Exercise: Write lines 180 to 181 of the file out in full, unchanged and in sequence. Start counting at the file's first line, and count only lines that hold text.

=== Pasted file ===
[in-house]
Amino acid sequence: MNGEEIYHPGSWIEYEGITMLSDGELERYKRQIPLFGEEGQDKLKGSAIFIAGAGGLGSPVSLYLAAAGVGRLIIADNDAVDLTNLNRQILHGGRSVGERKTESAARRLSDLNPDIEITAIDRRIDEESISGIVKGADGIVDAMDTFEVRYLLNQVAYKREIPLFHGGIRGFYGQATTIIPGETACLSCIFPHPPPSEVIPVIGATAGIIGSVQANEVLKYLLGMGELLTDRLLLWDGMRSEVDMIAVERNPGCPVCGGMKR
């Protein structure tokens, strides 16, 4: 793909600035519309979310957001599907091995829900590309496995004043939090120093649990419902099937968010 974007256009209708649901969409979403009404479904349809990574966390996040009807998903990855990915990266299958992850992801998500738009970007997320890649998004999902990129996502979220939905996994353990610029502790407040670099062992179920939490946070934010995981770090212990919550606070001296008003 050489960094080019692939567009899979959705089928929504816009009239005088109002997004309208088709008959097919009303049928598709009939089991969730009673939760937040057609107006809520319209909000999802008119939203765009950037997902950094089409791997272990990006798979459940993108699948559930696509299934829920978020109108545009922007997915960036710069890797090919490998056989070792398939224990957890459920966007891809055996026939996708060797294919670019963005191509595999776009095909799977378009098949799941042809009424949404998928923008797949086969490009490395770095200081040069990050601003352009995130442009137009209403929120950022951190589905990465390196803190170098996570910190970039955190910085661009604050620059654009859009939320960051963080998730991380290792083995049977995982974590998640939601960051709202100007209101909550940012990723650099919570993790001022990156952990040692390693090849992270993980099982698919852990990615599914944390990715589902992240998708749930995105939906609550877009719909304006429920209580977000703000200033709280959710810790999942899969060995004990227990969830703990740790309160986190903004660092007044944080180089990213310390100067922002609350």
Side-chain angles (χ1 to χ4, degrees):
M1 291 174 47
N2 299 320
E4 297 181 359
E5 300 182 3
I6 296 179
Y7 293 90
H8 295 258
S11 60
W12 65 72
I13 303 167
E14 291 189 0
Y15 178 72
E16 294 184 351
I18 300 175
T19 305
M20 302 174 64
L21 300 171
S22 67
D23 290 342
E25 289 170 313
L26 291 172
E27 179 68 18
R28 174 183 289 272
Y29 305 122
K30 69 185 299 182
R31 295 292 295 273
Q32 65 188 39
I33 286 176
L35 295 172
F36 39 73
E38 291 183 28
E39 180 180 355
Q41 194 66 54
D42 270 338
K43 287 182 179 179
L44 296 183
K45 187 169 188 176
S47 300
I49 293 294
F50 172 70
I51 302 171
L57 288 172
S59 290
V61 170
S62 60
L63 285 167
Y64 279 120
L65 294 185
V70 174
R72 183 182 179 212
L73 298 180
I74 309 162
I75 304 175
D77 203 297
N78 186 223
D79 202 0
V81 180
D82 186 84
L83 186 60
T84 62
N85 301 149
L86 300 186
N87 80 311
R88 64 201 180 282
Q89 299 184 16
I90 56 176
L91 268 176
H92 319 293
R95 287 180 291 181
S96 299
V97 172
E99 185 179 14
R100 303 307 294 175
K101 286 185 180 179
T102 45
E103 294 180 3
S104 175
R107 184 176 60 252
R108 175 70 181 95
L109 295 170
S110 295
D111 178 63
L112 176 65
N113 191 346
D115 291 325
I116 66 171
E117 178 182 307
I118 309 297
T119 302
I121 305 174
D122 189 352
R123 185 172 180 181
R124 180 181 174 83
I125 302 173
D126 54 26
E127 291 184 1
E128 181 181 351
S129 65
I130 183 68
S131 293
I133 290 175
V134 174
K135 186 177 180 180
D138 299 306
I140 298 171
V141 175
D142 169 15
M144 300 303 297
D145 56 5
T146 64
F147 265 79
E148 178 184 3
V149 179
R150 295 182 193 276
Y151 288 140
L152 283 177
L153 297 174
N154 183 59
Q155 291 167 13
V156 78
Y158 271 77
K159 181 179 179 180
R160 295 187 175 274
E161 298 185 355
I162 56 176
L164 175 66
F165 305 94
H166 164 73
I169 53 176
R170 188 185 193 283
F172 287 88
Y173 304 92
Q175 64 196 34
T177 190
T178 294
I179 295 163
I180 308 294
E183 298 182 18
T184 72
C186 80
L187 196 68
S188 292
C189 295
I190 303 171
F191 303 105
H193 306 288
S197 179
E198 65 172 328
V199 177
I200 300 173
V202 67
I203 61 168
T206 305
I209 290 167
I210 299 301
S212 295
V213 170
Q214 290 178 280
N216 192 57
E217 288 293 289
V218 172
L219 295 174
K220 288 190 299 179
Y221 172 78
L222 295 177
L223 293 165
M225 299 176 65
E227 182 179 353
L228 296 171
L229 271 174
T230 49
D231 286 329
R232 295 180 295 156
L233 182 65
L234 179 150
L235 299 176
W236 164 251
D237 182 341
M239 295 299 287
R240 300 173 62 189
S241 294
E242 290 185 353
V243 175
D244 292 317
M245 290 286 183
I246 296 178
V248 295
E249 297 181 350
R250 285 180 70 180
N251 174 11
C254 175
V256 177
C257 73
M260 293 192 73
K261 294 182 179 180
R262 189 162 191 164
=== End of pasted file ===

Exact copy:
L235 299 176
W236 164 251